To make use of the growing amount of speech data, the size of speech models, self-supervised learning and automatic speech recognition in particular, also increases rapidly in the past few years. One can use model compression techniques, such as pruning, to obtain small models without much loss of performance. However, prior work is content with finding a small model that can perform well, largely ignoring the computational and memory cost of compression itself and ignoring other differences between the small and large models. The goal of this topic is to develop computational- and memory-efficient techniques for model compression, while combining analytical tools to understand the interplay between model compression and representation learning. In particular, we aim to answer the following research questions.

  • What are the key properties of large neural networks that allow us to search for small models given the large ones?

  • What are lost when compressing a large model into a small one?

  • How do the learned representations change when a model is compressed?

  • What does compression tell us about the roles of individual components in the model?

Understanding the non-lexical aspects of spoken language

Supervisors: Catherine Lai, Peter Bell

To build models that really understand the richness of spoken communication, we need to consider not just what was said, but also how it was said.  That is, we can consider speech to be a multichannel communication system where both the lexical content (i.e. the transcript) and speech acoustics (e.g. the prosody) contribute to meaning.  Both channels also create expectations on the discourse and dialogue to come.  This project would build on our ongoing work which investigates what characteristics of communicative context affect listeners’ expectations of speech and how we can model this computationally for both spoken language understanding and speech generation.  Recently, we’ve been looking at dialogue continuations and emotion recognition, but we’re also more generally interested in what lexical and non-lexical aspects of speech tell us about spoken dialogue structure (e.g. topics of conversation) and expression/perception of affect (e.g. emotion and stance).

Topics in unsupervised speech processing and/or modelling infant speech perception

Supervisor: Sharon Goldwater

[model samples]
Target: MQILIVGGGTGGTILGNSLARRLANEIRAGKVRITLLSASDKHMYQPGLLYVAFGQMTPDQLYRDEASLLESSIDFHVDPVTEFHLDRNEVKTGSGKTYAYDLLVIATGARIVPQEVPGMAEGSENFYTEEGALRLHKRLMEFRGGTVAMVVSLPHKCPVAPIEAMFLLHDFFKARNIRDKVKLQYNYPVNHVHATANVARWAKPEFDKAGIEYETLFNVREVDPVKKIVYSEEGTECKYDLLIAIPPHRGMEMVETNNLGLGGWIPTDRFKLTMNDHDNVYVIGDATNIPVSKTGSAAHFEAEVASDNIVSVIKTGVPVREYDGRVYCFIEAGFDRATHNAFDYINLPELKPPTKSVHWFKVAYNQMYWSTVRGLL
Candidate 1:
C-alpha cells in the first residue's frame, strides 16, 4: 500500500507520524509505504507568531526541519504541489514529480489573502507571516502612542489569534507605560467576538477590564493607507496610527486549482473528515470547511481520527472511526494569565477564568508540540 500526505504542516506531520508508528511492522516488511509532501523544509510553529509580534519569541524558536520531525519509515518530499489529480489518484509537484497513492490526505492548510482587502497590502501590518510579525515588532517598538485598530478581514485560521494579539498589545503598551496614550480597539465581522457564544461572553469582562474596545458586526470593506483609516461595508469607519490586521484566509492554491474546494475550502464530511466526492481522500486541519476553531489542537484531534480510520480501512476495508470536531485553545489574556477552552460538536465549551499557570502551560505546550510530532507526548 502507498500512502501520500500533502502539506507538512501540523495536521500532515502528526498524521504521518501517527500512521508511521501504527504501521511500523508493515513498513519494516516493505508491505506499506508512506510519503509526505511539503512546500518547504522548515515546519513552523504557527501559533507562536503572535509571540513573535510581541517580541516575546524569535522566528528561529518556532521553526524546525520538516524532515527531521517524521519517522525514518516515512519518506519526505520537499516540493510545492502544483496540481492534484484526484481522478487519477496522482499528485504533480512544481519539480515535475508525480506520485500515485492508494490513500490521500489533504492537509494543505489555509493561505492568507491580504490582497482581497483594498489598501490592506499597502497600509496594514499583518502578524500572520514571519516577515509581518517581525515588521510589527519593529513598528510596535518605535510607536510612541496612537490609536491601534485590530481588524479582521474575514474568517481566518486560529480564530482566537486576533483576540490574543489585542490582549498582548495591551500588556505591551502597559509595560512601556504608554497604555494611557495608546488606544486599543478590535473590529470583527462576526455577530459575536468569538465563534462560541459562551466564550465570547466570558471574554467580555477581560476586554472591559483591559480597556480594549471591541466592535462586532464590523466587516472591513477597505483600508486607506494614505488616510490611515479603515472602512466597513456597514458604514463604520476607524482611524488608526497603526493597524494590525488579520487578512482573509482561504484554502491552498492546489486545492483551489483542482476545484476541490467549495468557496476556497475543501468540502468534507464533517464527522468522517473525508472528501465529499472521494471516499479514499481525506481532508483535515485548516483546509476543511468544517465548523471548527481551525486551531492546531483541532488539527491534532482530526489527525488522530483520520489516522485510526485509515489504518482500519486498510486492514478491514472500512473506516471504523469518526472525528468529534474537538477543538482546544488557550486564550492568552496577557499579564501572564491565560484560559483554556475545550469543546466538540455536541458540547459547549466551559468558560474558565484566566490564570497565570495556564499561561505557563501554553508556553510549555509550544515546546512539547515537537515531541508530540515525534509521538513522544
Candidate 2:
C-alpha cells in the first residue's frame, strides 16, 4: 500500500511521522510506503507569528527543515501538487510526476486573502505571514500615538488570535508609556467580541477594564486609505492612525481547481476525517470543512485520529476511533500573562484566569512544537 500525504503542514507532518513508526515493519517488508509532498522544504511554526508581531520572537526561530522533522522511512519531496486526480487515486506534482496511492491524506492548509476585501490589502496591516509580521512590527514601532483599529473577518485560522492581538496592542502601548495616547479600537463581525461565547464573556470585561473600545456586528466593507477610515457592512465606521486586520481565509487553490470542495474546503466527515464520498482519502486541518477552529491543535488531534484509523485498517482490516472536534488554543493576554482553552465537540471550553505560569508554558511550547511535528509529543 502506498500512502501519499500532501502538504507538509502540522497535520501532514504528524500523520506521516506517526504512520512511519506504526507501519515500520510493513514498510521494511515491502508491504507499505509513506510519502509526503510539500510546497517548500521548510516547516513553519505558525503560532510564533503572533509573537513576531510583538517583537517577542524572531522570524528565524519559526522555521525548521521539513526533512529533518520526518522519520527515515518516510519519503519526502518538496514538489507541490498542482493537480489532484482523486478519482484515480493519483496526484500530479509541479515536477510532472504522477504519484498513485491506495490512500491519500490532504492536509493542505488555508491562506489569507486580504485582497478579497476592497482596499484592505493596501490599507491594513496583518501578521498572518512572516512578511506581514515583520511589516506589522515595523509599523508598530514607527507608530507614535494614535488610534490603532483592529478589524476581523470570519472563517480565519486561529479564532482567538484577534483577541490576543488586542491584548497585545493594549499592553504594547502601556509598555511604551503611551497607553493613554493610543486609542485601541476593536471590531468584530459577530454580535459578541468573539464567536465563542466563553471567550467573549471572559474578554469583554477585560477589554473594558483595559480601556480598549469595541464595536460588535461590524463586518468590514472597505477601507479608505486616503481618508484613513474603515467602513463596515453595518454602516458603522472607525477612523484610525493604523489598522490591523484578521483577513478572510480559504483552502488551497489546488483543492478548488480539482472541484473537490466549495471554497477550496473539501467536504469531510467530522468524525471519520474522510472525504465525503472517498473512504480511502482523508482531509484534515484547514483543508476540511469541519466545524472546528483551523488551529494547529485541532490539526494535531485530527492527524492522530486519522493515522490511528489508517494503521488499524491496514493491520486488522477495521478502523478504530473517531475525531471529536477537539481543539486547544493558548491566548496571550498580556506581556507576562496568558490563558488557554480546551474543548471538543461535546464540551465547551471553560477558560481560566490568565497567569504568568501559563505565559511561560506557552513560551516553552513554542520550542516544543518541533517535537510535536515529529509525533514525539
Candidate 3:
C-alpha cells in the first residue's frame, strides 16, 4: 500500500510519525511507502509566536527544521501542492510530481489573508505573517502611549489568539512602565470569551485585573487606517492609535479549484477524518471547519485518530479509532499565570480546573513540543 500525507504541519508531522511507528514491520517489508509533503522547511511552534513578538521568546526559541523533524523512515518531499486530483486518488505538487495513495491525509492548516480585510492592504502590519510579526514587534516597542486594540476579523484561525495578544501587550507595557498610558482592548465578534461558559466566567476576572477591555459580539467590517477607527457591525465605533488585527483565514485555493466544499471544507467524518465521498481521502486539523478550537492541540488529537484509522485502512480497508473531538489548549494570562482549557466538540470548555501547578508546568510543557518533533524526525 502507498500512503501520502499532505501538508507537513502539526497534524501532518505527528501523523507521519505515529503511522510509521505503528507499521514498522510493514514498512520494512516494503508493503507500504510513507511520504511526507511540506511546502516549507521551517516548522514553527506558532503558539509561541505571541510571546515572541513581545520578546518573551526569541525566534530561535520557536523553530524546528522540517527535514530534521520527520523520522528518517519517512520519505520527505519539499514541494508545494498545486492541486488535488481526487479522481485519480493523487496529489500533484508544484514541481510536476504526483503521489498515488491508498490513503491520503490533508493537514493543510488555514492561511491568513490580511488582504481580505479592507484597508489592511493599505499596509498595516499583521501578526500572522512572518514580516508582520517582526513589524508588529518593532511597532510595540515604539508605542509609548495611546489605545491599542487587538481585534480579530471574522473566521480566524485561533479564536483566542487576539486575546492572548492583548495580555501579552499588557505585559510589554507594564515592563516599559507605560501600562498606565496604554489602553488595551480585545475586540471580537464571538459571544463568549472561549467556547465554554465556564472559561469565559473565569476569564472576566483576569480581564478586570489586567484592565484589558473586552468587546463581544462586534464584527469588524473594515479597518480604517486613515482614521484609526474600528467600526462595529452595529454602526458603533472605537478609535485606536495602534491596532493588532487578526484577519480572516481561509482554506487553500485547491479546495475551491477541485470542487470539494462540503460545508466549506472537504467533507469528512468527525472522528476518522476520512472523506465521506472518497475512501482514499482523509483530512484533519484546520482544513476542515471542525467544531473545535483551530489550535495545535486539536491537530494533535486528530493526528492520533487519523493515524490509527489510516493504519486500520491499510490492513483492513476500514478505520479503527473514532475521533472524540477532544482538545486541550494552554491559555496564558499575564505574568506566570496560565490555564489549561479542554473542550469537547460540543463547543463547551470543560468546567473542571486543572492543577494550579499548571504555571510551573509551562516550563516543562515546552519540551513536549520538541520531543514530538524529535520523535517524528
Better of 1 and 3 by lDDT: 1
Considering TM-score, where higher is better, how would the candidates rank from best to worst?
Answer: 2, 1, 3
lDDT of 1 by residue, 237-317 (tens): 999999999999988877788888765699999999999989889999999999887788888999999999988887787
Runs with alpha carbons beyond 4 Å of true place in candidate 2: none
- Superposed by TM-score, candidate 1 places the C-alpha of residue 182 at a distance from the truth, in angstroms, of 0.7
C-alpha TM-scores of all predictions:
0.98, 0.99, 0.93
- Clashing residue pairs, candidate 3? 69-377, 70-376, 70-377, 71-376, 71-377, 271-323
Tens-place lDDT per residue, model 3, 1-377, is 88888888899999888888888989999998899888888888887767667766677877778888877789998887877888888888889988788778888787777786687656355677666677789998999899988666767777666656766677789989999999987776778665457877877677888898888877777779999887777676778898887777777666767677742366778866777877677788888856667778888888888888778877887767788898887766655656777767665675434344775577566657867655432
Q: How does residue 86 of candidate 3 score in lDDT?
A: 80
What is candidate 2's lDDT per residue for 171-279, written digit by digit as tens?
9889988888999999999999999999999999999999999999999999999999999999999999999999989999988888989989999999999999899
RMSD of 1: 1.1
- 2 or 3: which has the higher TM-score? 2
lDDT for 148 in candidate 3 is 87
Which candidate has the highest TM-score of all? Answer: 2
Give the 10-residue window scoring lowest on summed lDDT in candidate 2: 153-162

Work in unsupervised (or 'zero-resource') speech processing encompasses areas such as learning sub-word representations that better capture phonetic or other linguistic information; and identifying repeated units such as phones or words in a target language without any transcribed training data. Systems that solve these tasks could be useful as a way to index and summarize speech files in under-resourced languages. In some cases, they may also be useful as cognitive models, allowing us to investigate how human infants might begin to identify words in the speech stream of their native language.  There are many open questions, so various projects are possible.  Projects could focus mainly on speech technology or mainly on modeling language acquisition; specific research questions will depend on this choice.  Here are just two possibilities: (1) recent work on self-supervised learning (a type of unsupervised learning) has shown that SSL models can learn representations for speech that factor out some of the speaker and contextual variability. However, the nature of these representations, and whether they handle such variability in similar ways to humans, is not well understood. Investigate these questions by developing new ways to analyze and compare SSL representations to each other and to infant or adult speech perception results. (2) existing work in both speech processing and cognitive modeling suggests that trying to learn either words or phones alone may be too difficult and in fact we need to develop *joint learners* that simultaneously learn at both levels.  Investigate models that can be used to do this and evaluate how joint learning can improve performance.